I'm going to break my response down into three main parts: the changes necessary to achieve competitive viability, some thoughts about Ironjawz specifically, and the question of obsolescence and churn.

I think you are underestimating what would be needed to make some of these armies viable. Simply dropping Gordrakk by 100 points would not be enough to make Ironjawz good, although Ironjawz are a weird case that I will discuss further below. There are many factions out there that would need massive points drops to become viable. It wouldn't be a question of buying an extra 10 'Ardboys. You are absolutely right though that enfranchised players would likely not be bothered by picking up a few more boxes to fill out their arm only to find out that they don't need those boxes when the battletome hits. I'm more concerned about new players just buying into the army. Some factions might be able to support the idea of "OK, well now that the points have gone up I have options" but other factions are non-competitive in part because they are currently really narrow. In those cases you might just end up with twice as many models of the same type as you need, and half end up rotting on the shelf without really providing any versatility. 

Ironjawz in particular are a weird example. There are definitely some armies out there that you could push very far and not really need to worry about them becoming overpowered, but Ironjawz are not one of them. I think if you push Ironjawz too far you risk them becoming DoK. DoK is a real anomaly in the metagame. Most factions that are good are fast and/or have a lot of reach. DoK isn't. DoK is good because it's very, very efficient. Ironjawz are pretty much like that too. They have a great buff game, a little magic, and not that much else. They aren't slow, but aren't really fast either (just like DoK). The problem is that the frame that the buffs go on isn't that efficient.  A mediocre base with great buffs ends up somewhat less mediocre, while a great base with great buffs ends up insane. Figuring out where the sweet spot is for Ironjawz is really hard.

Lastly, I disagree with you a bit on the question of obsolescence and churn. There definitely are examples of armies that GW has abandoned to actual obsolescence, at least at a tournament competitive level... but there are fewer than you think. Of all of the armies with modern battletomes, only BCR, KO, and Gloomspite are currently below 45% win rate, and Gloomspite is just barely below that mark. I'd also argue that Gloomspite is a weird case in that it's actually quite a difficult army to build and play for tournament success and it's numbers are likely dragged down by that. BCR and KO, however, are clearly not functional. And all of this is from a metagame that has featured several armies that have win rates well above the generally acceptable range. There are three factions with win rates over 60% and and four more between 55% and 60% (not counting factions that have a really tiny sample size). Nerfs to the overperforming factions should help everyone else out significantly.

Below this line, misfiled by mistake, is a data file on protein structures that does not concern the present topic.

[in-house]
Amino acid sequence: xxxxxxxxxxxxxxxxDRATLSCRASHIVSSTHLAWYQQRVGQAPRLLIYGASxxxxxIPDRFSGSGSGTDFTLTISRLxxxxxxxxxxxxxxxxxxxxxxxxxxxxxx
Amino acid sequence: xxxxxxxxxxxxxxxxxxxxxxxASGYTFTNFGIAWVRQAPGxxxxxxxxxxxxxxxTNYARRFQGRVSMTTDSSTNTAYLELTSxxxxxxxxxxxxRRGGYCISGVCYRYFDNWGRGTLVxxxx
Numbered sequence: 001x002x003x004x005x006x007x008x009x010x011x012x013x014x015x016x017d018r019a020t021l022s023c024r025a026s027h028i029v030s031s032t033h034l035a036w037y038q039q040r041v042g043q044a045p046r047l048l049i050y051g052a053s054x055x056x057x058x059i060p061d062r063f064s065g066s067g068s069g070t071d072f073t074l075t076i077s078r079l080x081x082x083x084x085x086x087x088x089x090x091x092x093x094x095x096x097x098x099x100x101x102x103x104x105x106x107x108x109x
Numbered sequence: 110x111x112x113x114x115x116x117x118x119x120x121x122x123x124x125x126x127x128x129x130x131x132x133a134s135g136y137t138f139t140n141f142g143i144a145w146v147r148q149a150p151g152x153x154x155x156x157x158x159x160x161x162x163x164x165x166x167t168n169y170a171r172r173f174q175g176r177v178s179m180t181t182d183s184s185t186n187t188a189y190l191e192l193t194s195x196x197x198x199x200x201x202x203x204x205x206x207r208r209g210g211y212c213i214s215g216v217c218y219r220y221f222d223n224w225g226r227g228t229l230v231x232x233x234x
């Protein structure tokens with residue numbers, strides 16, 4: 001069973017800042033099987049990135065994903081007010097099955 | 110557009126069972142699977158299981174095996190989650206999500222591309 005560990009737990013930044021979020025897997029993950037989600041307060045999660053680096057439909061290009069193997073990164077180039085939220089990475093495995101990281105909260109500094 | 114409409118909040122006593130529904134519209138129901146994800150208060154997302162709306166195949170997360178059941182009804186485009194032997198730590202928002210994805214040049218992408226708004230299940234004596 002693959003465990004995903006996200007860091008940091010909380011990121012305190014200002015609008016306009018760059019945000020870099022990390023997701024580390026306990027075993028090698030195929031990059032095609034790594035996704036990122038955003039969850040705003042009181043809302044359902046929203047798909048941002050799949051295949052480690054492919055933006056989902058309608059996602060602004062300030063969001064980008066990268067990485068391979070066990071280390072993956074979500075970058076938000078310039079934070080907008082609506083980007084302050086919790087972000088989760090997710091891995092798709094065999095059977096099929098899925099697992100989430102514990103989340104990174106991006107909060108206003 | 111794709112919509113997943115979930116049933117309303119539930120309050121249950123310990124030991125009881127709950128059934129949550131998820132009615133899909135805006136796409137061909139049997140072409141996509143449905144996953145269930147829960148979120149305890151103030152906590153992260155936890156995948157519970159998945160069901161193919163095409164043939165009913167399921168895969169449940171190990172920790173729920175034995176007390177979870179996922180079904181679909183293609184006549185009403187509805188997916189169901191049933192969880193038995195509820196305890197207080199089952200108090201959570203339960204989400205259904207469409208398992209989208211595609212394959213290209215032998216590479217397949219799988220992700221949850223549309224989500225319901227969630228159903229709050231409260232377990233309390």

I think that a big part of the problem is that many players aren't just looking for their faction to be competitive. They are looking for their faction to be dominant. It shocks me how many people claim that their faction is "terrible" or "unplayable" when their faction has a win rate that is close to 50%. If you feel the need to abandon your army and chase a different one every time there is a faction posting a win rate over 55-60%, then yeah you are going to have a lot of churn and feel pretty unhappy. No matter how good GW gets at balancing the game, there are going to be times where factions push into that range. 

I hate to see this, but I also see a lot of mediocre artists blaming their tools. I see so many posts around the internet that take the form of "How can I ever beat Faction X?" citing an example of a game they lost where typically several of the following were true:

  • Their own build was poorly thought out
  • They made major play errors
  • Their opponents rolled well above average
  • The actual score was extremely close but they feel bad because they lost most of their army over the course of the battle

And yet the single example blows up into a rant about how their own faction is unplayable and this other faction is grossly overpowered. 

I think people chronically under-estimate the amount of skill in AoS. Yes there is a lot of luck in the game, but that is true in a lot of games that are also very skill intensive. There are so many decisions in each game of AoS. Precise movements and correct analysis of risk can and will pay huge dividends over time. It takes practice to get really proficient with a faction, and if you are constantly switching armies to chase the best win % you are never going to reach that necessary level of practice. I'd see this all the time in Magic: The Gathering -- people chasing the best deck without ever spending enough time with their current deck to maximize it. 

That got a bit longer that I was anticipating, but suffice to say that I think if a person feels compelled to abandon their army to pick up a new one because the new one is getting more buzz, that is really the player's problem (in most cases) and not GW's. KO and BCR are obvious exceptions, but I think both of those are kindof "perfect storm" situations (I'd be happy to expand on that if people are interested). 

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I think that a big part of the problem is that many players aren't just looking for their faction to be competitive. They are looking for their faction to be dominant. It shocks me how many people claim that their faction is "terrible" or "unplayable" when their faction has a win rate that is close to 50%.